Friday, January 06, 2006

Friday Random 10: Let's Do it Again

Nobody will care about this apart from me--but this is the 200th post in the history of this blog, and although it looks like I'm giving myself an anniversary gift, I swear it was all happenstance. As I sometimes do on Fridays, I've picked a random year and 10 random record chart positions from this week in that year. The year is 1976, which is, as I have chronicled extensively here before, my favorite year. (It really was a random choice, I swear.) So here are 10 notable tunes popular 30--count 'em, 30--years ago this week, with their chart positions from the Billboard Hot 100.

5. "Let's Do it Again"/Staple Singers. (falling) The last big hit for this great gospel-soul group from Chicago, it had spent the previous, interholiday week at Number One. The year 1975 was the last year in which Billboard would publish a Hot 100 during the holidays. Beginning at Christmas 1976 (actually with the chart dated 1/1/77), the magazine would take a week off from publishing, and the Hot 100 would be "frozen" for a week.

6. "Convoy"/C.W. McCall. (rising) The CB-radio craze may have been the definitive pop-culture phenomenon of the 1970s, although it may already have jumped the shark by the time McCall got around to immortalizing the adventures of Pigpen and the Rubber Duck. (My handle was "Captain Fantastic," by the way.)

28. "Breaking Up Is Hard to Do"/Neil Sedaka. (rising) In which Sedaka reconfigures his biggest hit, which was brain-dead early 60s cheese, as a romantic ballad, which is what the song should have been in the first place. An innovative decision, and a successful one--but ultimately not as big a hit as the original version.

41."Paloma Blanca"/George Baker Selection. (rising)
Despite being twang-free (and a polka besides), this record would cross over to become an enormous country hit later in the spring of 1976. That was the spring I was learning to drive, and because the guy who handled the behind-the-wheel part of driver education wouldn't let us mess with his radio station, "Paloma Blanca" puts me back behind that particular wheel whenever I hear it. Which, thankfully, isn't often.

51. "Play on Love"/Jefferson Starship. (peak) I don't claim to know everything--and one of the things I don't know is how this record could have failed to become a smash. I'd rank it close to "Miracles" among the best singles the Starship ever made.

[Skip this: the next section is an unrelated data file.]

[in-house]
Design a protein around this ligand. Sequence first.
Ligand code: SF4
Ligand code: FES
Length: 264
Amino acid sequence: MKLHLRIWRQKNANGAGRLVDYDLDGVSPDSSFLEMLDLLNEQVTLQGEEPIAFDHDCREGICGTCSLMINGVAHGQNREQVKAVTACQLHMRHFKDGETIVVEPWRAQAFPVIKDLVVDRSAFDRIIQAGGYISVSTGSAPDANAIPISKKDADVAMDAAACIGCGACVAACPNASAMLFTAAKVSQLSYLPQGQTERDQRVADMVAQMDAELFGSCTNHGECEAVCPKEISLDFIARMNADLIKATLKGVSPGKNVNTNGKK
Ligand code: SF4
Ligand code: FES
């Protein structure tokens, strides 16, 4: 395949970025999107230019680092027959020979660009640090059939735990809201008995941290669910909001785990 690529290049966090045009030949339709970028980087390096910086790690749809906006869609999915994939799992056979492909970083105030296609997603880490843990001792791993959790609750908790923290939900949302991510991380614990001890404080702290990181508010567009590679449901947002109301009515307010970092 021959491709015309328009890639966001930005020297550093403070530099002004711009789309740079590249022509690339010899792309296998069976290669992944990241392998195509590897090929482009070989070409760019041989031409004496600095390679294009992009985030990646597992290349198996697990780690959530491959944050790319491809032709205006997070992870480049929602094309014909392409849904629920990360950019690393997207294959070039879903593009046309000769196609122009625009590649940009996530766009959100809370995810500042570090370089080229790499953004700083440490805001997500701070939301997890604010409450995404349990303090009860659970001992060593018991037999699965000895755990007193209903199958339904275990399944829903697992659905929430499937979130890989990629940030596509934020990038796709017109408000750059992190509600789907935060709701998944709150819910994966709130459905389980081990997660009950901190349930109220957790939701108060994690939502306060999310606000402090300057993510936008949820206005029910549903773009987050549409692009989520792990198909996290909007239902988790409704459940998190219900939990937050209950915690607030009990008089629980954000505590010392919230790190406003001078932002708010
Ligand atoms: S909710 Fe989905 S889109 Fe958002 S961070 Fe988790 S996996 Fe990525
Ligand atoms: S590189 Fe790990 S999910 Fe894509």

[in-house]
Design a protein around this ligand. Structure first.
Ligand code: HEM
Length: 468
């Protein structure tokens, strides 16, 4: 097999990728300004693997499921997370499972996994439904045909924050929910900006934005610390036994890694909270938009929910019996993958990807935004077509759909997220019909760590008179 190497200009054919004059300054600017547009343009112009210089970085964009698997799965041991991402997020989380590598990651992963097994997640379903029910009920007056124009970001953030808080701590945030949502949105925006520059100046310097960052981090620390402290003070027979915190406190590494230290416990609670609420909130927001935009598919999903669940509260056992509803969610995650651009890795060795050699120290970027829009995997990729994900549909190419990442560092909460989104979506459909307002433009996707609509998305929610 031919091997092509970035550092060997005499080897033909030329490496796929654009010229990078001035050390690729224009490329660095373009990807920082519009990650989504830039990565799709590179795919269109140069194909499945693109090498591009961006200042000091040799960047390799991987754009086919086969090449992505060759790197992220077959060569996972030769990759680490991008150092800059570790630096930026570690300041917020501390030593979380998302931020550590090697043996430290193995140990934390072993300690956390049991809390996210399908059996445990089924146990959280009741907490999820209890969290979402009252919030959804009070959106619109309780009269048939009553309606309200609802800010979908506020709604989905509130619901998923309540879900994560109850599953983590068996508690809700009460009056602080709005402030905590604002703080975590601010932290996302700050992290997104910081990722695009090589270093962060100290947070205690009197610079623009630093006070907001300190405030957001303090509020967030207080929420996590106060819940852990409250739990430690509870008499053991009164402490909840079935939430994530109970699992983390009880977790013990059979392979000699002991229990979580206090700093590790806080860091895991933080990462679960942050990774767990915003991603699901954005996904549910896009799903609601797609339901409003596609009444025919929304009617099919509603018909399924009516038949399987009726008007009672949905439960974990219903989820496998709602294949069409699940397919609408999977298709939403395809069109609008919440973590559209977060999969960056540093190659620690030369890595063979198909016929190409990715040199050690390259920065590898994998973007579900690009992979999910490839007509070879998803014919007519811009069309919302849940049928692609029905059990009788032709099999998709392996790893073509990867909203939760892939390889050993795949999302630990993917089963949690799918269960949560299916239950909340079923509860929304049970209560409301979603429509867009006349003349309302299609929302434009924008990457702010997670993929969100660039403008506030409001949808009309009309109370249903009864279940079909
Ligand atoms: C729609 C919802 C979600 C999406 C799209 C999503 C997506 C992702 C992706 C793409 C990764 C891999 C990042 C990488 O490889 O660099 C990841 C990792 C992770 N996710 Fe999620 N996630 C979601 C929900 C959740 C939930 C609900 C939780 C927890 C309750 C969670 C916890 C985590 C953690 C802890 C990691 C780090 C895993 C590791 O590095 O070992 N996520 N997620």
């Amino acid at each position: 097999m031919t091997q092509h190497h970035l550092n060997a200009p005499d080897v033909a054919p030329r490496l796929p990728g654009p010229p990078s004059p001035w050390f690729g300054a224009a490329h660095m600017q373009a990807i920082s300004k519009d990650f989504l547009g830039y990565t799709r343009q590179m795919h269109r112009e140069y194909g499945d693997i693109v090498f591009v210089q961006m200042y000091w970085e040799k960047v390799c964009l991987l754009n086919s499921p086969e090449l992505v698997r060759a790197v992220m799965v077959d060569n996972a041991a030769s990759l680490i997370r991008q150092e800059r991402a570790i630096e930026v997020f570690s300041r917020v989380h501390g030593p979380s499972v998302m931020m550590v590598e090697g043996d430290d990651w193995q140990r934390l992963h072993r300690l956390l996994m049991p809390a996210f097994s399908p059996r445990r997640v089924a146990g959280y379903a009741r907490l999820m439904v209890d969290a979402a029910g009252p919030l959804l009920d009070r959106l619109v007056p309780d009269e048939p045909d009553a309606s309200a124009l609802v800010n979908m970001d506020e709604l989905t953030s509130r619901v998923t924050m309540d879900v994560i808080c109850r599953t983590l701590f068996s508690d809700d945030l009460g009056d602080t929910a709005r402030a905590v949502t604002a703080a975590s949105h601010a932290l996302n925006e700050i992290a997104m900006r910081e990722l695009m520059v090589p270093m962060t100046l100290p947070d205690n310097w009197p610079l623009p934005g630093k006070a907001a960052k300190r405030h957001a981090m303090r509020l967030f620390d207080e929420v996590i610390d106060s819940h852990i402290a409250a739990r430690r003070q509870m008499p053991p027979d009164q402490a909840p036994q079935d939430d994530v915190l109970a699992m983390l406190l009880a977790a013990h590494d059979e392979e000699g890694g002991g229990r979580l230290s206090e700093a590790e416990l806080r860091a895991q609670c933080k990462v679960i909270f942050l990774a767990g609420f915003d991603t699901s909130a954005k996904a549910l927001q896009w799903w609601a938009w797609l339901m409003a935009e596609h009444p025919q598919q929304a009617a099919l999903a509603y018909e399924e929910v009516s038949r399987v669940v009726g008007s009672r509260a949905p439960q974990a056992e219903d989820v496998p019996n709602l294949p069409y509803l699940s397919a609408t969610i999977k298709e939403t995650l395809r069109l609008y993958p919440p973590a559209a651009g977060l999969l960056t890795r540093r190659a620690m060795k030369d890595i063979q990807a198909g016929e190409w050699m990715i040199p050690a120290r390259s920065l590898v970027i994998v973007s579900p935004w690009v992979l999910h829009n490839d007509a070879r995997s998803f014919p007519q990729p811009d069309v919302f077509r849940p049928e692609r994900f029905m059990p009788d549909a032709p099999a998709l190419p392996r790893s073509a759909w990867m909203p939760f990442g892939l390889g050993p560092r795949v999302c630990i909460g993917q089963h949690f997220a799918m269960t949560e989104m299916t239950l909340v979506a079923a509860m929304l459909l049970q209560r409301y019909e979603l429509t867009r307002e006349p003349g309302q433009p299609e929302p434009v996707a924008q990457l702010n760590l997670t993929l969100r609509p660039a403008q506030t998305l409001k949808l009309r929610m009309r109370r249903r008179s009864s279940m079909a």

53. "Theme from S.W.A.T"/Rhythm Heritage. (rising) Nothing says "1976" like a TV theme song becoming a major top-40 hit. This one would become a Number One record, just in time for my 16th birthday in February. S.W.A.T. ran for only a season-and-a-half and was canceled before this record was out of recurrents (the radio term for records no longer considered current hits but not old enough to be oldies just yet).

61. "Tracks of My Tears"/Linda Ronstadt. (rising) I like this record more than a lot of critics do--but I also like Linda's other famous Motown cover, "Heat Wave." "Tracks of My Tears" is worth a listen if only for the lovely steel-guitar solo that takes it to its conclusion.

77. "The White Knight"/Cledus Maggard. (rising)
Another CB-radio novelty record, which was crammed with CB jargon and country-music references, mostly recited rather than sung, and in a high-pitched rural twang. Thus it makes "Convoy" sound like Hamlet.

85. "Only Sixteen"/Dr. Hook. (debut)
The first big hit for the reconstituted Dr. Hook, after their transformation from longhaired stoners to country-inflected popsters. If you want trivia, we've got it: Of their six Top-10 hits, four would peak at Number Six (like this) and two others at Number Five.

95. "I Believe in Father Christmas"/Greg Lake. (peak) One of my favorite rock Christmas songs. It's one of the few to acknowledge that Christmas can be a disappointment sometimes--but it also reminds us that karma is what decides the matter ("Hallelujah, Noel, be it heaven or hell/the Christmas we get we deserve"). This has been anthologized endlessly in recent years, but make sure you get the original. There's a newer version floating around without much of the original's spirit, and on which Lake sounds awful.

In Other News: Lou Rawls died of cancer today. Smooth as Nat King Cole and ballsy as Barry White, he was always cool, as on "A Natural Man," "You'll Never Find Another Love Like Mine," "Lady Love," and/or nearly anything else he wanted to sing during his long career. He was a spokesman for Anheuser Busch for several years, and as one album title recorded during that time had it, When You Hear Lou, You've Heard It All. Yup.


At 12:01 PM, Anonymous Anonymous said...

I also thought 1976 was a great year for music. That year also produced some big-time albums; "Hotel California" from the Eagles, "Fool For The City" from Foghat, plus releases from Fleetwod Mac and Boston's first album. ---Shark


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